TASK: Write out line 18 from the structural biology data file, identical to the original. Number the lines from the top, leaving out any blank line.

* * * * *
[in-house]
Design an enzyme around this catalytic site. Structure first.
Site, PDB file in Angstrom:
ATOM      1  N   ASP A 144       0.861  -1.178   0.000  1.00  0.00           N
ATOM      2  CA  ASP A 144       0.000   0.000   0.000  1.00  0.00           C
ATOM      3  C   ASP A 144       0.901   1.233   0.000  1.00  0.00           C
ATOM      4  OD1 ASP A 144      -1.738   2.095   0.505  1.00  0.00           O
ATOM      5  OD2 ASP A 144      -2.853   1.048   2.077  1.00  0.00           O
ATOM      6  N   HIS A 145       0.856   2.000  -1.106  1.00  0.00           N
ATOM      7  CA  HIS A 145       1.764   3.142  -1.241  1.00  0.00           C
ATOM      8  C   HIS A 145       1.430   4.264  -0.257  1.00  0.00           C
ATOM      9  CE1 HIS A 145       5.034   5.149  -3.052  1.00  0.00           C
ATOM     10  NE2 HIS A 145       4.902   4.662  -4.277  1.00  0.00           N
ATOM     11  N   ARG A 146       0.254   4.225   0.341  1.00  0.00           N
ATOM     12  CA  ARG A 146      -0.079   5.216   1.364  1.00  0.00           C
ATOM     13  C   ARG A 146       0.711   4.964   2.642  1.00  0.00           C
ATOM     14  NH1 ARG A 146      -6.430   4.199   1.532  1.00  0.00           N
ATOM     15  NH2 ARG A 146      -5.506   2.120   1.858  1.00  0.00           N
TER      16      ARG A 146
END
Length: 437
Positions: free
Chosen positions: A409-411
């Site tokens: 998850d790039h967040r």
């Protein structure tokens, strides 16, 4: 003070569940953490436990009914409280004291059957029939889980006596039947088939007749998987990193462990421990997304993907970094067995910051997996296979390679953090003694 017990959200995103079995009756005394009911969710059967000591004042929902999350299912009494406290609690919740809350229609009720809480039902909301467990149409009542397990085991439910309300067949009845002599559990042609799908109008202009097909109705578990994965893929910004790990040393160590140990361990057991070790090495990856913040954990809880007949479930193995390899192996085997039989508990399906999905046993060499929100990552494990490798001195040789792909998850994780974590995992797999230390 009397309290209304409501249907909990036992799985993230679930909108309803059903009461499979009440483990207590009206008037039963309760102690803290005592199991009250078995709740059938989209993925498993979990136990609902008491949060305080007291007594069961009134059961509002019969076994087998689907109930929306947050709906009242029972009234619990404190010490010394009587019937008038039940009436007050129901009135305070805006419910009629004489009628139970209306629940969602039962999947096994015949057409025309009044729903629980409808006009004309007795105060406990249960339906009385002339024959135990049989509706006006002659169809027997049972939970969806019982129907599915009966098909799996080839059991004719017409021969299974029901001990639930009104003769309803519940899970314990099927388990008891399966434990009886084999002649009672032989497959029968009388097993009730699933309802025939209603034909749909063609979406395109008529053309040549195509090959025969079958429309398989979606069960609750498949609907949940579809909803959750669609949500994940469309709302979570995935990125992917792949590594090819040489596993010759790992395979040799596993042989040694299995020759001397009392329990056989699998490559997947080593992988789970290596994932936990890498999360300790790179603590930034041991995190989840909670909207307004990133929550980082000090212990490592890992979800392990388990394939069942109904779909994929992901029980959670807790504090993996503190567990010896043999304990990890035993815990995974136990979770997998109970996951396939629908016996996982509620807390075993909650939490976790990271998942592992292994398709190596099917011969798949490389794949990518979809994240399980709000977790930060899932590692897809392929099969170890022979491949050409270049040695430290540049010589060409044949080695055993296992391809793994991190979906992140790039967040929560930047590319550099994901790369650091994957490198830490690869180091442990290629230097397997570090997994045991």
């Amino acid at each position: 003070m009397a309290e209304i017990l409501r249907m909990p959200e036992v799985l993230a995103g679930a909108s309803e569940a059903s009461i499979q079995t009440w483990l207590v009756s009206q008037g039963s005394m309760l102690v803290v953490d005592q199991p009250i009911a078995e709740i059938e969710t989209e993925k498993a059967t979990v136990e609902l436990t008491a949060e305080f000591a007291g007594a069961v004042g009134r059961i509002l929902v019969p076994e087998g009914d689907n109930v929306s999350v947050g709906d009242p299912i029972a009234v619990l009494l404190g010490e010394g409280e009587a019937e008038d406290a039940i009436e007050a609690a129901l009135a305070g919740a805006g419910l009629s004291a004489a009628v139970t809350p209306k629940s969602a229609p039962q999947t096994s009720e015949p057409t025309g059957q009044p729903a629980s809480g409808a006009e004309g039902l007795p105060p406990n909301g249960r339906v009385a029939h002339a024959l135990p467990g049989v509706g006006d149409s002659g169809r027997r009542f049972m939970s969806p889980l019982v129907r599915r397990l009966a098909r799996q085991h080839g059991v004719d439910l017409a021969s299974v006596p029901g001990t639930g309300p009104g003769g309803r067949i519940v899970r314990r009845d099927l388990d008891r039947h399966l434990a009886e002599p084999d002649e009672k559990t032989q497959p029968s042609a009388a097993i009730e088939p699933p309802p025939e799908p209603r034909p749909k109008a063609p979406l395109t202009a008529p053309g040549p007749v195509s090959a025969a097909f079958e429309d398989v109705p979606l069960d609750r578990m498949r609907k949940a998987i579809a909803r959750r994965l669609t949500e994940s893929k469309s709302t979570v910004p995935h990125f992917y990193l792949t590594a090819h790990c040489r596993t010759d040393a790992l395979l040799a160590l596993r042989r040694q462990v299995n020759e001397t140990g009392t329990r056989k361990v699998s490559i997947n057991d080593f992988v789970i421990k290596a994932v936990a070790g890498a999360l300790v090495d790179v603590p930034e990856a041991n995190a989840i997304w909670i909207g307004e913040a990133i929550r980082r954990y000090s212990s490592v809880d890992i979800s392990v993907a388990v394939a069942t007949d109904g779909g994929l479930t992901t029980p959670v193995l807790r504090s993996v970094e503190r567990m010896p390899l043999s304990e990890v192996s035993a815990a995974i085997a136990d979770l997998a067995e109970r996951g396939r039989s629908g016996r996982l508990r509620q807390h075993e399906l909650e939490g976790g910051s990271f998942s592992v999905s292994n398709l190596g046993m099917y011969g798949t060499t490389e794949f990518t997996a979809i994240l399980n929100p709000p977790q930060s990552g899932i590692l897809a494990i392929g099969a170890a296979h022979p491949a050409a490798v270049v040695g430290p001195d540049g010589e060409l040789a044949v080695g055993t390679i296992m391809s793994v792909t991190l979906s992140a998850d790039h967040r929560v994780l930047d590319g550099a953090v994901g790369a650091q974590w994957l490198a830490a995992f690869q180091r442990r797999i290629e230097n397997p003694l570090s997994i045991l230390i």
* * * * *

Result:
ATOM     15  NH2 ARG A 146      -5.506   2.120   1.858  1.00  0.00           N